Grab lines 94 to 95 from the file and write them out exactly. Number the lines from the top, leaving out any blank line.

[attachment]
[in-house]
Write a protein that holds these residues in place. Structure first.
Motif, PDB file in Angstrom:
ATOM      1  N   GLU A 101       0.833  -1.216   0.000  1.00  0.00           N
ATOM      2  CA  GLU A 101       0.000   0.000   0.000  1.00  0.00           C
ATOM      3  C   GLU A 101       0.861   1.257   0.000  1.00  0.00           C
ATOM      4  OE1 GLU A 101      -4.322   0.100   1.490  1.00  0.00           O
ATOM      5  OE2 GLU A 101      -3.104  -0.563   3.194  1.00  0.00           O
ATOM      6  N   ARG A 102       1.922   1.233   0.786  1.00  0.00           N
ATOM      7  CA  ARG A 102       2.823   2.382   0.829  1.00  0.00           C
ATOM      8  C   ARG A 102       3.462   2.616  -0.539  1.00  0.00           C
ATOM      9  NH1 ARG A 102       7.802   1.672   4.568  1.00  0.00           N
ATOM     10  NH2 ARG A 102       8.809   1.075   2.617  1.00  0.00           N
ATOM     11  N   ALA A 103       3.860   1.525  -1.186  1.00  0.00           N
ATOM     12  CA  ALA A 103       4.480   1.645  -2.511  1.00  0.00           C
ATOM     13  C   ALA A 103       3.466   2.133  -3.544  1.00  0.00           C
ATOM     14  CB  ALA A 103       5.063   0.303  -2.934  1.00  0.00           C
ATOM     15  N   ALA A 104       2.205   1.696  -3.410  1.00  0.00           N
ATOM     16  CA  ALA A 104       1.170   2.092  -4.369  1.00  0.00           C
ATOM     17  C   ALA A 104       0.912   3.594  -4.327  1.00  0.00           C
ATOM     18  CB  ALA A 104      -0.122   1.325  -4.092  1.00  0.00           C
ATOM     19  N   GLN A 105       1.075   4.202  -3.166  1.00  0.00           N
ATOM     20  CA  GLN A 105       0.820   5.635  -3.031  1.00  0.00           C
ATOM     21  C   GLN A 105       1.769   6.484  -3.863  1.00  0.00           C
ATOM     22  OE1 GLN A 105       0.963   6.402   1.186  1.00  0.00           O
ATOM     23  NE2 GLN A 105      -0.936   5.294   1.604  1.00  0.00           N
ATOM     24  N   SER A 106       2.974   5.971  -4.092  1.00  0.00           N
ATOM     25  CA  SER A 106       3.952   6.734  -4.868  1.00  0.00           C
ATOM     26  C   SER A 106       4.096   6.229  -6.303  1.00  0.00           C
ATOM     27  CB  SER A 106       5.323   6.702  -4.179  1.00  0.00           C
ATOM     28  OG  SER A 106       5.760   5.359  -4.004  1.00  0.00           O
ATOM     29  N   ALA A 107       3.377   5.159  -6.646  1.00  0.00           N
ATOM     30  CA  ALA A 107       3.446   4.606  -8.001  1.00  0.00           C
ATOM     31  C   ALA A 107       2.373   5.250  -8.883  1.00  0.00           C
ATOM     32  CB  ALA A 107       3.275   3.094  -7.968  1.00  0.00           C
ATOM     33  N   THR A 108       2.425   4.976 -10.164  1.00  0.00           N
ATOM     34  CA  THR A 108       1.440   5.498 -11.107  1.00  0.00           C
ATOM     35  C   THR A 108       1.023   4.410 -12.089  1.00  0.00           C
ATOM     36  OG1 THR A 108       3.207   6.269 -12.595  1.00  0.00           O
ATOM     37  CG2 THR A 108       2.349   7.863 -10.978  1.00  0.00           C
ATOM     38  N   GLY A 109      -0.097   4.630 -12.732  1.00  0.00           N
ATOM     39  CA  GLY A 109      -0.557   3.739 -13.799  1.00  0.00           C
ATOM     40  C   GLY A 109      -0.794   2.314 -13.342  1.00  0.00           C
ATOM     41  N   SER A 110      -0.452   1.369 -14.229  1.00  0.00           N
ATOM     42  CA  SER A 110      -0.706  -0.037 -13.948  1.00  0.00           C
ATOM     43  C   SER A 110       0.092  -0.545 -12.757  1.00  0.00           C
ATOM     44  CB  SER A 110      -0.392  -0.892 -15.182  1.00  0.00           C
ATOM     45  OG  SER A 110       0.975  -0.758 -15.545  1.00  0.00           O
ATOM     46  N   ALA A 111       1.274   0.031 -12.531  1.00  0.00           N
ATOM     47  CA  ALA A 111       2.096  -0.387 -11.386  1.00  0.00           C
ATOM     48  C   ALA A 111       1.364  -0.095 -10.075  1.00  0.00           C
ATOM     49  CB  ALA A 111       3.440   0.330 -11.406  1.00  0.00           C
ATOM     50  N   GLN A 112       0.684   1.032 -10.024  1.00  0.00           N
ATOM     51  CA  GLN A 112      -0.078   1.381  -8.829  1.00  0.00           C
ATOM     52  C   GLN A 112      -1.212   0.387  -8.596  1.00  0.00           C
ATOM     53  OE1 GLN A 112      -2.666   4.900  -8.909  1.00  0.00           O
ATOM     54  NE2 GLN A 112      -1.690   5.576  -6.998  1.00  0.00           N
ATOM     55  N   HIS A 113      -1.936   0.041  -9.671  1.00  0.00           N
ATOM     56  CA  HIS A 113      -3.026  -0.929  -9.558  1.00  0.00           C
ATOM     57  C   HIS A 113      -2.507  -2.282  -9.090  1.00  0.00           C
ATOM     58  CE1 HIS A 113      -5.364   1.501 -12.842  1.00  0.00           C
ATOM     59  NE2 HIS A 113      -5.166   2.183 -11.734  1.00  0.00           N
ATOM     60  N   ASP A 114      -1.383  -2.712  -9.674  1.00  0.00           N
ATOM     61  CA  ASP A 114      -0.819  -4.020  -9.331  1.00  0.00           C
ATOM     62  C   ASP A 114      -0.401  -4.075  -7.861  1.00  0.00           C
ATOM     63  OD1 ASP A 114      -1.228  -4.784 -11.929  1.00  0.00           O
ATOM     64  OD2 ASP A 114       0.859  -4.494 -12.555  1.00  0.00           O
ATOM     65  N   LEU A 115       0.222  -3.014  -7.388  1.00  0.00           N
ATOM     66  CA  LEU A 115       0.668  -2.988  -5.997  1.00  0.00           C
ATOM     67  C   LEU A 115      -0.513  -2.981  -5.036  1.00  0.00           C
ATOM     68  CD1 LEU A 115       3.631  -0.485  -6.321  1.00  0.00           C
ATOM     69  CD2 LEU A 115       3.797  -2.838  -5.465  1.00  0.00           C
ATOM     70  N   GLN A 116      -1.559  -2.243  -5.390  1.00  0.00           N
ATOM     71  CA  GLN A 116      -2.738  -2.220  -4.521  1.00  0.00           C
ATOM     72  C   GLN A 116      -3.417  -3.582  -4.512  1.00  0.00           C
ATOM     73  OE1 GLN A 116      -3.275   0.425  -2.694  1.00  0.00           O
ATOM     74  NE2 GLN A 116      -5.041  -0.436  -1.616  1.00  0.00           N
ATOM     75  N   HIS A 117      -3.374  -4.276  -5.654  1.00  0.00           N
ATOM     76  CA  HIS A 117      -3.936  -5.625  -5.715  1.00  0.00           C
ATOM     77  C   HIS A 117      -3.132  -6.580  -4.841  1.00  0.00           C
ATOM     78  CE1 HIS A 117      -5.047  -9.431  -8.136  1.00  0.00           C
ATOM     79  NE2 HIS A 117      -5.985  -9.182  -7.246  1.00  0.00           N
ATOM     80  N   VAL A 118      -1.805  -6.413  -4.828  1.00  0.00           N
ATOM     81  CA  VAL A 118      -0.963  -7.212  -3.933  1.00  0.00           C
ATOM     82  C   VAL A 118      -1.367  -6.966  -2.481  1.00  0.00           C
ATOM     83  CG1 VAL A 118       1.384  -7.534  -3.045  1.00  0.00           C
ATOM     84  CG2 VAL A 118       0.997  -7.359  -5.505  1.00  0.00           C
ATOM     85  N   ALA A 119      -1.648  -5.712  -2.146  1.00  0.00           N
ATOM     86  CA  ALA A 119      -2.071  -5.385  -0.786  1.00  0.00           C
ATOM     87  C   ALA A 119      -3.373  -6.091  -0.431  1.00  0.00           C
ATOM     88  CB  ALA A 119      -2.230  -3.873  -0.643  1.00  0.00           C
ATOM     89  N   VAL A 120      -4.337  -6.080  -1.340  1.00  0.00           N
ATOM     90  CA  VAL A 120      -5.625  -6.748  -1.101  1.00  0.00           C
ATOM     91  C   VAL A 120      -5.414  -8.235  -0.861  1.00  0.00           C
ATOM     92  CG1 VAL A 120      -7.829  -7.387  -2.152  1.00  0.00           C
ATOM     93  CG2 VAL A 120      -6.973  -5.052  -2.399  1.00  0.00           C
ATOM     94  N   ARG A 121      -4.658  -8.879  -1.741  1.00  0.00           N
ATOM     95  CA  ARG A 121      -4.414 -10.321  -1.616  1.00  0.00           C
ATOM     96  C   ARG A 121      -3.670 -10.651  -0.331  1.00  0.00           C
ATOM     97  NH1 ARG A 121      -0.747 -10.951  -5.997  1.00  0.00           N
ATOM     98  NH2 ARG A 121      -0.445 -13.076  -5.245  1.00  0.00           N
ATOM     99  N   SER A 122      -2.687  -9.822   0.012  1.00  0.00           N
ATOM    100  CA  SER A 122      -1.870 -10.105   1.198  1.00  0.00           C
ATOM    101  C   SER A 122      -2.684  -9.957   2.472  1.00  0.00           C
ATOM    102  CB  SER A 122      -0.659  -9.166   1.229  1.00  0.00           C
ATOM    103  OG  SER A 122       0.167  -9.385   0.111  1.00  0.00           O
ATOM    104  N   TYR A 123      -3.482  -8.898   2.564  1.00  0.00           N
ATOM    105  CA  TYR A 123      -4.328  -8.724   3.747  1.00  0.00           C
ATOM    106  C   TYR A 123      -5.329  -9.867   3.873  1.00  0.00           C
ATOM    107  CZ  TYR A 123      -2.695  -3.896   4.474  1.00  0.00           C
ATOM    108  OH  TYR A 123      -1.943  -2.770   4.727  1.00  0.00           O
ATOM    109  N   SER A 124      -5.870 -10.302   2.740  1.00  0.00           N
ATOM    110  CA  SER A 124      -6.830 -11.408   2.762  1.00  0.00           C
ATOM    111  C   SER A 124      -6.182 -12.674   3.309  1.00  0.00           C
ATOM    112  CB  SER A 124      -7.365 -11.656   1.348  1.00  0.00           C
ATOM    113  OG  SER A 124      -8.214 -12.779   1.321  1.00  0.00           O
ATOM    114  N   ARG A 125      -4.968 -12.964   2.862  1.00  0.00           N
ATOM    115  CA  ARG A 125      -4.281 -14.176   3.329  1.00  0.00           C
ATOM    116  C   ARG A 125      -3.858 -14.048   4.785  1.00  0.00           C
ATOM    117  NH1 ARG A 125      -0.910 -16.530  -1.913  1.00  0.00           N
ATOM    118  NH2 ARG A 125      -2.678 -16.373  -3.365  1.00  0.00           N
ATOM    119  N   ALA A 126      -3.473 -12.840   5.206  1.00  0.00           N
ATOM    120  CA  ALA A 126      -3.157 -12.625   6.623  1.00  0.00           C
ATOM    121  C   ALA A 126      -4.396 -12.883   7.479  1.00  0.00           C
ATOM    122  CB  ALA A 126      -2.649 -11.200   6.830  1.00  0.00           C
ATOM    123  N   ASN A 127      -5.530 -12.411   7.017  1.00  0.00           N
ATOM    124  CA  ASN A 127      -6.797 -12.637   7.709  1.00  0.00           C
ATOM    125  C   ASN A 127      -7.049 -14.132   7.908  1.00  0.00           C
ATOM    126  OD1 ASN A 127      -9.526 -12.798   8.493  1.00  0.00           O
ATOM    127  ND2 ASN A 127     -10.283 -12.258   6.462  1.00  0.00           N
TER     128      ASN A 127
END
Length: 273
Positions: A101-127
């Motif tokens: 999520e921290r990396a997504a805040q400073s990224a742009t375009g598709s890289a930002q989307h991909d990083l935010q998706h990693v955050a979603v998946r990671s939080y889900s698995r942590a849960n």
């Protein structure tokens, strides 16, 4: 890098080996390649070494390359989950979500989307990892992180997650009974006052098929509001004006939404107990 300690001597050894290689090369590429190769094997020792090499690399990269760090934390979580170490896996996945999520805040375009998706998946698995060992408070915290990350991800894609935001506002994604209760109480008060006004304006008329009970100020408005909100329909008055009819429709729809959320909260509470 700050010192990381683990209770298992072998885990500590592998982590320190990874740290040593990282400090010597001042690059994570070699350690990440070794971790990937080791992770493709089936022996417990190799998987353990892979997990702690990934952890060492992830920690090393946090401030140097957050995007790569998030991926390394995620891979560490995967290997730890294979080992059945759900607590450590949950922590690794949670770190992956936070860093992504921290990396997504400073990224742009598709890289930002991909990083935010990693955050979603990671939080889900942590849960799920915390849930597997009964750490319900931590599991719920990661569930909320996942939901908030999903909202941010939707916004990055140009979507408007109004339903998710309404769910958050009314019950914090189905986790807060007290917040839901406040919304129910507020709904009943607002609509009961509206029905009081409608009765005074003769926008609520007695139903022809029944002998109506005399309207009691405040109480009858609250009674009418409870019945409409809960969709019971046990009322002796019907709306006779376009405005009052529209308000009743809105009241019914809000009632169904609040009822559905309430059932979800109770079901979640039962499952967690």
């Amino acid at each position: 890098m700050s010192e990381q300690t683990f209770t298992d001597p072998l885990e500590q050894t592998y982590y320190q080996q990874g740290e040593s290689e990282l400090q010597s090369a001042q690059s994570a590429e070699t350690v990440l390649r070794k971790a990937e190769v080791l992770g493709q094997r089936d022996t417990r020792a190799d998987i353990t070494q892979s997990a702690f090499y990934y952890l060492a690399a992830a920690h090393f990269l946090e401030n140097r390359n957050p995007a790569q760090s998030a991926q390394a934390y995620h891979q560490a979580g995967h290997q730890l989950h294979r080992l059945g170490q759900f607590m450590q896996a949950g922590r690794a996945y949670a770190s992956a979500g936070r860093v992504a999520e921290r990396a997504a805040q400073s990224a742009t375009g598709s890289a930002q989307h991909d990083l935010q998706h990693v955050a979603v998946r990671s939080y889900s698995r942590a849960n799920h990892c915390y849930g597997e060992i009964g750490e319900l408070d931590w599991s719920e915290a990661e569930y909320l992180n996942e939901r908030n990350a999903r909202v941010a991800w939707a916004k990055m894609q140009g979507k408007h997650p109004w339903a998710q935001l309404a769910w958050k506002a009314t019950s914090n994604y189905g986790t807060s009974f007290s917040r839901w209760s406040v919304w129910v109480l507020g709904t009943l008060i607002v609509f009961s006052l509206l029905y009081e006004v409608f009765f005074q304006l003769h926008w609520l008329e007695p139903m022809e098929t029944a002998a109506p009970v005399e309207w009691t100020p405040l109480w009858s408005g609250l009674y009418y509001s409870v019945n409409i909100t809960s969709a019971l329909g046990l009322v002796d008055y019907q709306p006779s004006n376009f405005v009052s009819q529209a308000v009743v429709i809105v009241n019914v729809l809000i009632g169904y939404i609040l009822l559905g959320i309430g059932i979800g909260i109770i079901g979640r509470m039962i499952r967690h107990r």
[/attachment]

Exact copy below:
ATOM     91  C   VAL A 120      -5.414  -8.235  -0.861  1.00  0.00           C
ATOM     92  CG1 VAL A 120      -7.829  -7.387  -2.152  1.00  0.00           C